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United States District Court, Northern District of Illinois,. E.D

July 2, 1951


The opinion of the court was delivered by: LA Buy, District Judge.

Plaintiffs have filed a motion for preliminary injunction to restrain defendants from manufacturing and selling a mop sold under the trade-mark Kleen-Rite which is alleged to infringe on plaintiffs' mop manufactured and sold under the trade-mark New Art. As was stated in Sinko Tool & Mfg. Co. v. Casco Products Corporation, 7 Cir., 1937, 89 F.2d 916, 921:

"* * * This court in Standard Elevator v. Crane Elevator Co., 7 Cir., 56 F. 718, 719, said:

"`The purpose of the interlocutory writ is not to conclude the question of right, but to protect against material injury pending the litigation. In patent cases, to warrant the writ, not only must the infringement be without reasonable doubt, but the rights of the patentee must be clear. * * *

"`It would, we think, be most unsafe to determine this controversy without full and orderly proof. * * *'"

and further stated the requirements to support a temporary injunction are clear proof of infringement and defendant's inability to respond in damages.

The motion of the plaintiff is predicated upon a presumption of the validity of the patent as a result of the acquiescence of the trade, shown by affidavits where notices of infringement were honored in at least one instance and ultimately honored by consent decrees in other instances. Also there are affidavits setting out efforts to secure financial information about defendants and the failure of such efforts. In further support of the motion is the undisputed fact that defendant had been prior to the alleged wrongdoing, the exclusive sales representative of the plaintiff in a designated territory. Submitted also are exhibits of patents which are construed by patent counsel for each of the litigants in relation to the Rogers patent in suit.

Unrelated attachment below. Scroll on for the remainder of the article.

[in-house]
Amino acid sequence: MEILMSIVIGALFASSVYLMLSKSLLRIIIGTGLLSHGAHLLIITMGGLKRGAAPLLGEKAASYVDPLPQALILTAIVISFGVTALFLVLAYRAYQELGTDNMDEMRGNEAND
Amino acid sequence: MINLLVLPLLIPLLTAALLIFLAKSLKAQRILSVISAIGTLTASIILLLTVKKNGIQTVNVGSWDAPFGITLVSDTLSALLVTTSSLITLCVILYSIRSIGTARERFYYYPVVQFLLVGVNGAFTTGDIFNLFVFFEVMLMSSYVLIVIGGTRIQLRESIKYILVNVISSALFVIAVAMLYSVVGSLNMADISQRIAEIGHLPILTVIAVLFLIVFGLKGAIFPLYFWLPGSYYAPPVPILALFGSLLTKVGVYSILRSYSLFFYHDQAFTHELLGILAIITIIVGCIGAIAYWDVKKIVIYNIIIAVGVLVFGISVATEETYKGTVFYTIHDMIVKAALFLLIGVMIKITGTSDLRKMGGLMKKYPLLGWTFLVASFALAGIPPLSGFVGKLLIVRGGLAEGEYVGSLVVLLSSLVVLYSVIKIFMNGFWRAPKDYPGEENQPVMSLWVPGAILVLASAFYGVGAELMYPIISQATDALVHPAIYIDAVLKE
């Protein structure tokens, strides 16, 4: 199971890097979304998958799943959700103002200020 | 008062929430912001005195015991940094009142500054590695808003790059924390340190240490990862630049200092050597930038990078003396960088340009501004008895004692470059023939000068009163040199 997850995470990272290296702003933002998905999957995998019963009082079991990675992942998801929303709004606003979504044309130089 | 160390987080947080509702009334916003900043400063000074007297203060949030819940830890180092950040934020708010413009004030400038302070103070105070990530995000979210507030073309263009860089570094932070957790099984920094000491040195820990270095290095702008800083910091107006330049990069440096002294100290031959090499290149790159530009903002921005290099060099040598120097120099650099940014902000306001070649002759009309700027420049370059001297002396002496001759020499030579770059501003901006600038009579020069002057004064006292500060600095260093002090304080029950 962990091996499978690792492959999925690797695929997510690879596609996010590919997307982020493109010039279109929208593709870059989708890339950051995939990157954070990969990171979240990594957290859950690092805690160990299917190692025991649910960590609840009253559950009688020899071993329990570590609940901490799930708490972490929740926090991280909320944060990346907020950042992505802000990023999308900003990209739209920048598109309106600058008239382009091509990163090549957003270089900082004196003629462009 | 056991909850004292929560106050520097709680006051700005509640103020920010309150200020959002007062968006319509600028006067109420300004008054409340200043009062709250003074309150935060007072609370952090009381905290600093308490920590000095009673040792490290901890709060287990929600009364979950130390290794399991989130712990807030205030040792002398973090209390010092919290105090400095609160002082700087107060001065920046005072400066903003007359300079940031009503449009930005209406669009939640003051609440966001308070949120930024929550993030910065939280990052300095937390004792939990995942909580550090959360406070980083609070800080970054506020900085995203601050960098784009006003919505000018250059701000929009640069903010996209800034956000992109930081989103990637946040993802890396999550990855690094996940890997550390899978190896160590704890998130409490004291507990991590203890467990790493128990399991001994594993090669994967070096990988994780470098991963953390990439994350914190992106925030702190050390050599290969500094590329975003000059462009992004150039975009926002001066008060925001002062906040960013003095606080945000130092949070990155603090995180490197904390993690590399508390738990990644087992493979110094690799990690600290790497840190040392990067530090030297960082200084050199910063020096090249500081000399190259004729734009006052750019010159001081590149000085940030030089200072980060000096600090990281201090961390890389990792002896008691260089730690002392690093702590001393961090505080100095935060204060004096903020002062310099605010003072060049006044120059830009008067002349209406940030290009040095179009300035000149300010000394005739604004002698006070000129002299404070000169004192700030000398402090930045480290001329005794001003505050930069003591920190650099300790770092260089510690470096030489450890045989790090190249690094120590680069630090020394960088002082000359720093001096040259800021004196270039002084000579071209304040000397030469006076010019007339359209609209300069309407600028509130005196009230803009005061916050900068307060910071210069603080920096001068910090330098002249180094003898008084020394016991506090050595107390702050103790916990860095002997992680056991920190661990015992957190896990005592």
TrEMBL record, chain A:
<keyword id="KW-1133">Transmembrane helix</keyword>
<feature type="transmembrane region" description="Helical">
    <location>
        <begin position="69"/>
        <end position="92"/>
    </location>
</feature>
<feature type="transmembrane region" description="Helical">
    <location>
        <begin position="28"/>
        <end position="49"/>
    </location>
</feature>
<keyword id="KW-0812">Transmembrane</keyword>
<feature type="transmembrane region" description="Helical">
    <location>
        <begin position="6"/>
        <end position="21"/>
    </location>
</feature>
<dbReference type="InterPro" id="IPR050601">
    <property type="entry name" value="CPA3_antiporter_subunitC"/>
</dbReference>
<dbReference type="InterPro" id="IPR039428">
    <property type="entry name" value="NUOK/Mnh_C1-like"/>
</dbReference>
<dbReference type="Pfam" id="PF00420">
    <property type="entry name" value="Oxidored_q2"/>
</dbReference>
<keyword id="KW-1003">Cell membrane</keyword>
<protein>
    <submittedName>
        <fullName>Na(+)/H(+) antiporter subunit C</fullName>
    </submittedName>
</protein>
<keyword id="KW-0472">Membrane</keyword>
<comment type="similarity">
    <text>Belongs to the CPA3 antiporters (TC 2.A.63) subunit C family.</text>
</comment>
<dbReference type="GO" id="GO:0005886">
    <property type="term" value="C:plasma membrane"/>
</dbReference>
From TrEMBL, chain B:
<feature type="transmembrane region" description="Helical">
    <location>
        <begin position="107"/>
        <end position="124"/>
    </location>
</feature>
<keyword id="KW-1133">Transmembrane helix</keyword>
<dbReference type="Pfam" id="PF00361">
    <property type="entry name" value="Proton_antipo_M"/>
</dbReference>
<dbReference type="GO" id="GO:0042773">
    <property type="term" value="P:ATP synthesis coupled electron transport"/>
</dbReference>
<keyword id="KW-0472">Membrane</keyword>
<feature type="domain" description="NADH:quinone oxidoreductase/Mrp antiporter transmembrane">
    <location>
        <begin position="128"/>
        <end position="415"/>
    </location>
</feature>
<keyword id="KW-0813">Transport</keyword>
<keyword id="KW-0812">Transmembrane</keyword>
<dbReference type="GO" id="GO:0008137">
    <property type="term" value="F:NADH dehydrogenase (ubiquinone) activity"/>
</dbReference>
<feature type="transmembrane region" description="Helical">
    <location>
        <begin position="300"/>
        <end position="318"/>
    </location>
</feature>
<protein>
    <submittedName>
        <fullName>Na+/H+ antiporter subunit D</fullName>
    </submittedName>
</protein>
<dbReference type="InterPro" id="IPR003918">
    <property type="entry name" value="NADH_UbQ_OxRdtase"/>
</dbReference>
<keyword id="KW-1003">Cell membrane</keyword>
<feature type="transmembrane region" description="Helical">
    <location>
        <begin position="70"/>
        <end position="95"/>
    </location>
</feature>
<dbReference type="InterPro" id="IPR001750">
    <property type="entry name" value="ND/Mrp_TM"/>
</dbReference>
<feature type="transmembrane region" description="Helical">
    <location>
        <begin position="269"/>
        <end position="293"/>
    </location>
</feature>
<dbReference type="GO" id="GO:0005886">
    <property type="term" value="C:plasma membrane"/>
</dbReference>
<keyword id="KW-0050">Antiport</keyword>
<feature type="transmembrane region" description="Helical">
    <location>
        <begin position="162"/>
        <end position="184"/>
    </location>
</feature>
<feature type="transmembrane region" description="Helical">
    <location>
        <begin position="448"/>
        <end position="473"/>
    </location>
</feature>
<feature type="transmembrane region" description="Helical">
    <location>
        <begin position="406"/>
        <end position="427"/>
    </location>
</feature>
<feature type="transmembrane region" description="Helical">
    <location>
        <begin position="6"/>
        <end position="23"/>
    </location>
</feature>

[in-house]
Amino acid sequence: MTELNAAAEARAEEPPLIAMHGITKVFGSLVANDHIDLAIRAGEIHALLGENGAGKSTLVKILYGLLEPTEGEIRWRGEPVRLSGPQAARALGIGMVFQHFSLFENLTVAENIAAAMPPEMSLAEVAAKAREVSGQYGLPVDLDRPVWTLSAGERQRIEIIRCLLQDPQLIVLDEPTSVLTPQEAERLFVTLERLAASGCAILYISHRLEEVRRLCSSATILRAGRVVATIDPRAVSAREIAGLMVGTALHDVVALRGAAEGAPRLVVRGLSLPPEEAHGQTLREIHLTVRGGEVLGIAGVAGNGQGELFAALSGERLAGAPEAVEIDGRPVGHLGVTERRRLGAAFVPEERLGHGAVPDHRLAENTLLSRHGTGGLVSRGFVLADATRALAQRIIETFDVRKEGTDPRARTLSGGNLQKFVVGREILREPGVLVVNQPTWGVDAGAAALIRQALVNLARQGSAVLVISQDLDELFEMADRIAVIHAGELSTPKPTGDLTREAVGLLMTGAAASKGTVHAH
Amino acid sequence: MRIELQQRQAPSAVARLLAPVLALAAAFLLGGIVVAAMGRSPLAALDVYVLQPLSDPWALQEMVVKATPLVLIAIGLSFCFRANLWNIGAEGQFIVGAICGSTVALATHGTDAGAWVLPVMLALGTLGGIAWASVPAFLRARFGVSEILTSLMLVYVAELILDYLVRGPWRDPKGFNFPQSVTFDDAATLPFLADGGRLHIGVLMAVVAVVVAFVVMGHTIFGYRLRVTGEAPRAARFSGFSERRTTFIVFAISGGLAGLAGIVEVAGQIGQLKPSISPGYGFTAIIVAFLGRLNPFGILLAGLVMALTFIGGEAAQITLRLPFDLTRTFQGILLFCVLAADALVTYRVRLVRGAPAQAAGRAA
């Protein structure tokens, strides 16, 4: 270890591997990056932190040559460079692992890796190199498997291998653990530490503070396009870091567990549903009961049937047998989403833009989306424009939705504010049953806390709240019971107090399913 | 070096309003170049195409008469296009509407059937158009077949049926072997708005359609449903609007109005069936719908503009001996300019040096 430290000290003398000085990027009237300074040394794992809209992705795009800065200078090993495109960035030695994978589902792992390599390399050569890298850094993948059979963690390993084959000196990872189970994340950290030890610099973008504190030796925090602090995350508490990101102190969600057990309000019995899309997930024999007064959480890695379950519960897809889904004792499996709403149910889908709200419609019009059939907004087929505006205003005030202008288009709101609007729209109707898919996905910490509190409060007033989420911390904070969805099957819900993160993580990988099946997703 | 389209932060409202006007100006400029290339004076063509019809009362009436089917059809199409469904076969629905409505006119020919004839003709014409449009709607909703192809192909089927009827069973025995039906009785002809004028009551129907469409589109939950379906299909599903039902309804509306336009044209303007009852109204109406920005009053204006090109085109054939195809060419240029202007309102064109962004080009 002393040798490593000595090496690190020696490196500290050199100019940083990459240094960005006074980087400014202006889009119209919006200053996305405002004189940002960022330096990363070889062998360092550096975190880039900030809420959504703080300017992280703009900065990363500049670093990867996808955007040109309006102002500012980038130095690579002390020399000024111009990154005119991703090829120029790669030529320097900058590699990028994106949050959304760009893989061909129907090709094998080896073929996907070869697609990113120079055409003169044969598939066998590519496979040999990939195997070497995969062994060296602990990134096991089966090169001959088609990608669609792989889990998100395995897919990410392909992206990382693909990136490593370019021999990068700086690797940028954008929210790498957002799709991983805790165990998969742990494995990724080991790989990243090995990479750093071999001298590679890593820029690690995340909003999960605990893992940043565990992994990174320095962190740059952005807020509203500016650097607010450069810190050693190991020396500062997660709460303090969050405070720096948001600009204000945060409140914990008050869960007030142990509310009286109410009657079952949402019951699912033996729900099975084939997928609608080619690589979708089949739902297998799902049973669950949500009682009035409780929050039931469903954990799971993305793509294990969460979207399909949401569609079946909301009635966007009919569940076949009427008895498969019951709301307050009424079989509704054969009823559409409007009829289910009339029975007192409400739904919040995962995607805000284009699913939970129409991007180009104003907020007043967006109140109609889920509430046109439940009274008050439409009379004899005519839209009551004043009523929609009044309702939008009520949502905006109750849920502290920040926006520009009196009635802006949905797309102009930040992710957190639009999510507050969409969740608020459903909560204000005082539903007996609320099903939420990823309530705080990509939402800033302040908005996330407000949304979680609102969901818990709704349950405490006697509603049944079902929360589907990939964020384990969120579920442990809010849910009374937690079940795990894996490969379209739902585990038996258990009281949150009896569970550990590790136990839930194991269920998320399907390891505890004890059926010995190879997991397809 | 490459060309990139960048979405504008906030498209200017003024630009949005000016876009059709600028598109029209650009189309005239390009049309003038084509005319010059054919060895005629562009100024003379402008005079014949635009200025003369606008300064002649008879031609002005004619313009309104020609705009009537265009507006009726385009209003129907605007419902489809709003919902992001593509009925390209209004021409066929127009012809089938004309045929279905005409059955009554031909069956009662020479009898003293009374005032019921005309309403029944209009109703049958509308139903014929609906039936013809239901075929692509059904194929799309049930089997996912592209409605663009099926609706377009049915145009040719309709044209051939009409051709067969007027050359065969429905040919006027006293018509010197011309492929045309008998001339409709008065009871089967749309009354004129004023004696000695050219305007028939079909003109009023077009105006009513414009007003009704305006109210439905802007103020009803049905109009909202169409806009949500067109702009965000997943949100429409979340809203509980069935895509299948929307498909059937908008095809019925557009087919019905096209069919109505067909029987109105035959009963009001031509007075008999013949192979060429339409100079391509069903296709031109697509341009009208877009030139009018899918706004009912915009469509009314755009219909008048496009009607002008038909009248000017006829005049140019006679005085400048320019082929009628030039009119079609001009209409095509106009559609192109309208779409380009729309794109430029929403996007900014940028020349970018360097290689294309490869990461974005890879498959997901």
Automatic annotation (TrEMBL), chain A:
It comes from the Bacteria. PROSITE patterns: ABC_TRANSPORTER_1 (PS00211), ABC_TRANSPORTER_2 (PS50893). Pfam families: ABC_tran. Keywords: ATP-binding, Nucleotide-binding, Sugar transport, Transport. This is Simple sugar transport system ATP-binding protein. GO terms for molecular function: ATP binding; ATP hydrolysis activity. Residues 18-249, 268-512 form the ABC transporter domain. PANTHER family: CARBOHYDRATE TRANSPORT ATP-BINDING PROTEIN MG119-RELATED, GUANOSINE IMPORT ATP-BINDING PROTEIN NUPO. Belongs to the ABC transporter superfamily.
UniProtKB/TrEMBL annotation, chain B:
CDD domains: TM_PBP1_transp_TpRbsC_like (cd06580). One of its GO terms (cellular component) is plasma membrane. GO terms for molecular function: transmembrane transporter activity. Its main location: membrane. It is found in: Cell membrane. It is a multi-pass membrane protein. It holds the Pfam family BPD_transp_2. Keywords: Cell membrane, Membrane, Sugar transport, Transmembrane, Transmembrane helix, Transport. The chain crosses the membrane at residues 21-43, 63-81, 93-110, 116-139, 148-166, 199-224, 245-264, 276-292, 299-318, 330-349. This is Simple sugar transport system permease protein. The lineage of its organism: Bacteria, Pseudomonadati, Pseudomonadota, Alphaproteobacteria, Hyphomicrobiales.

In Ganter v. Unit Venetian Blind Supply Co., D.C.Cal. 1949, 87 F. Supp. 338, the court said: "Courts of Appeal have warned against disposing of patent litigation summarily. Bowers v. E.J. Rose Mfg. Co., 9 Cir., 1949, 149 F.2d 612. It is not the policy of our courts to dispose, on hearings for a temporary injunction, of causes, the final disposition of which requires a trial. To grant an injunction pending suit in a patent suit is to grant to the plaintiff the most essential portion of his relief. We should not do so unless convinced that the defense is really sham." And in the Sinko case, supra, it was held that clear proof of defendants' inability to respond in damages are required to support preliminary injunction. See also Lawrence v. St. Louis Ry. Co., 1927, 274 U.S. 588, 47 S.Ct. 720, 71 L.Ed. 1219. It has also been held that mere infringement is not reasonably clear, even if the validity of a patent has been determined in other suits, no temporary injunction should issue, and a trial court exercises properly its discretion in refusing it to await the results of a full and final hearing. Diamond Power Specialty Corp. v. Bayer Co., 8 Cir., 1938, 95 F.2d 541.

For the above reasons, the court is of the opinion the plaintiff's motion for preliminary injunction should be denied. An order in accord therewith has this day been entered.


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